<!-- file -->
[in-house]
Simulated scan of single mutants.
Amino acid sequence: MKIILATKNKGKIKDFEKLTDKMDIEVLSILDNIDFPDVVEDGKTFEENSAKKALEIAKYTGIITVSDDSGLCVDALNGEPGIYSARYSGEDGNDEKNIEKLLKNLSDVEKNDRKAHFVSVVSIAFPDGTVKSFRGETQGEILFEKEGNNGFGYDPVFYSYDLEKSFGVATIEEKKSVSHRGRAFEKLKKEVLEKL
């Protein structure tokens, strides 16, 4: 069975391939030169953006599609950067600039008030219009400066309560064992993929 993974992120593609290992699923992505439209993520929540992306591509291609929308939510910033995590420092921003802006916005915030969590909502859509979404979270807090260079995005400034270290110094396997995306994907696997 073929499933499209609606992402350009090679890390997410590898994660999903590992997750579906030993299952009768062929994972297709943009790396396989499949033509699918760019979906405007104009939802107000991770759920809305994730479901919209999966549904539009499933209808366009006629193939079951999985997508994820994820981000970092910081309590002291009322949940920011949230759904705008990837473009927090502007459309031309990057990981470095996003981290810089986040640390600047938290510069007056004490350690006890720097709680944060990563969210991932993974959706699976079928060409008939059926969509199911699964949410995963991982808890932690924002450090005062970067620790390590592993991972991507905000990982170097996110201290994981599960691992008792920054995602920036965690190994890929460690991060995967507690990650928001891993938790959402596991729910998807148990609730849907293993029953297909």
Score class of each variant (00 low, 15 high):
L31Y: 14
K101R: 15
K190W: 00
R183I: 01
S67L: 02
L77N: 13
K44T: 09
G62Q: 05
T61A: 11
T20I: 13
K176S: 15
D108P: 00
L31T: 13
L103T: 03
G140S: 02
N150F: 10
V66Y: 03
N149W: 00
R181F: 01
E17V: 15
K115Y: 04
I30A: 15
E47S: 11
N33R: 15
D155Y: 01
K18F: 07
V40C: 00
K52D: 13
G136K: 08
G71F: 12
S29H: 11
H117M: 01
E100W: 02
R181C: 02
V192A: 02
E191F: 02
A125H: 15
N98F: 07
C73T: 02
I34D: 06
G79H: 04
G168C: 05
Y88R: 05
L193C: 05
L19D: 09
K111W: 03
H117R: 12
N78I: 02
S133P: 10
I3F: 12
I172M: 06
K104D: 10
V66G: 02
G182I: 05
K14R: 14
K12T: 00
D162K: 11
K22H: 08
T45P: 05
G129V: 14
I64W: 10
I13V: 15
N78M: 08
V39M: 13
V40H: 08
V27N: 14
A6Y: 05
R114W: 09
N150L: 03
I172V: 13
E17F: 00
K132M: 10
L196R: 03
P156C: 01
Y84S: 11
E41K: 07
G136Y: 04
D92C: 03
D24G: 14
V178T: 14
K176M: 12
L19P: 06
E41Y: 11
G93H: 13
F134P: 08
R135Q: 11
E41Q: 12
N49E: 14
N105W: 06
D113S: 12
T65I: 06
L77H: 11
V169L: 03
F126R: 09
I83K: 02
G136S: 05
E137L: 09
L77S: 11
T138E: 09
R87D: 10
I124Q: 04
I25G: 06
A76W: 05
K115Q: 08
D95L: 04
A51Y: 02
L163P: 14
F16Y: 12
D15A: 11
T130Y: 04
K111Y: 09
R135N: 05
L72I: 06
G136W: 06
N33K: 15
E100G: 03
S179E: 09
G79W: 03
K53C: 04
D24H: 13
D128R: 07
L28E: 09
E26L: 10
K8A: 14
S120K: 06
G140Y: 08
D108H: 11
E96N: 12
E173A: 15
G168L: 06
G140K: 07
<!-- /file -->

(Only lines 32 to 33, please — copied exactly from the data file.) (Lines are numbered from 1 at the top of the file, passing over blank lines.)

V40C: 00
K52D: 13